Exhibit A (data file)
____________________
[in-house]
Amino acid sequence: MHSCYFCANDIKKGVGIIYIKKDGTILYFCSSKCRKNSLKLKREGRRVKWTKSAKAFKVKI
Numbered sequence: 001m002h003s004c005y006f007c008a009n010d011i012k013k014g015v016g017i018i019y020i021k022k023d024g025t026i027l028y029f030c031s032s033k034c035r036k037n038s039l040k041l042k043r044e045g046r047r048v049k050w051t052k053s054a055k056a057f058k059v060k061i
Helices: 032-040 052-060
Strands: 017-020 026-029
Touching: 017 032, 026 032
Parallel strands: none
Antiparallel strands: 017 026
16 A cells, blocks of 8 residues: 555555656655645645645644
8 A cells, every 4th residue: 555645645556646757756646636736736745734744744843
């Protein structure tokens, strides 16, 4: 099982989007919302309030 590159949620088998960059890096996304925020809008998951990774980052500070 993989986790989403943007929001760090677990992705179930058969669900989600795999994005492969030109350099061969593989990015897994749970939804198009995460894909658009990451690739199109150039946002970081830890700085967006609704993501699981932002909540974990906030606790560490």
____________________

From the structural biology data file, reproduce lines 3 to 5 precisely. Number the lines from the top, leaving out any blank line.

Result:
Numbered sequence: 001m002h003s004c005y006f007c008a009n010d011i012k013k014g015v016g017i018i019y020i021k022k023d024g025t026i027l028y029f030c031s032s033k034c035r036k037n038s039l040k041l042k043r044e045g046r047r048v049k050w051t052k053s054a055k056a057f058k059v060k061i
Helices: 032-040 052-060
Strands: 017-020 026-029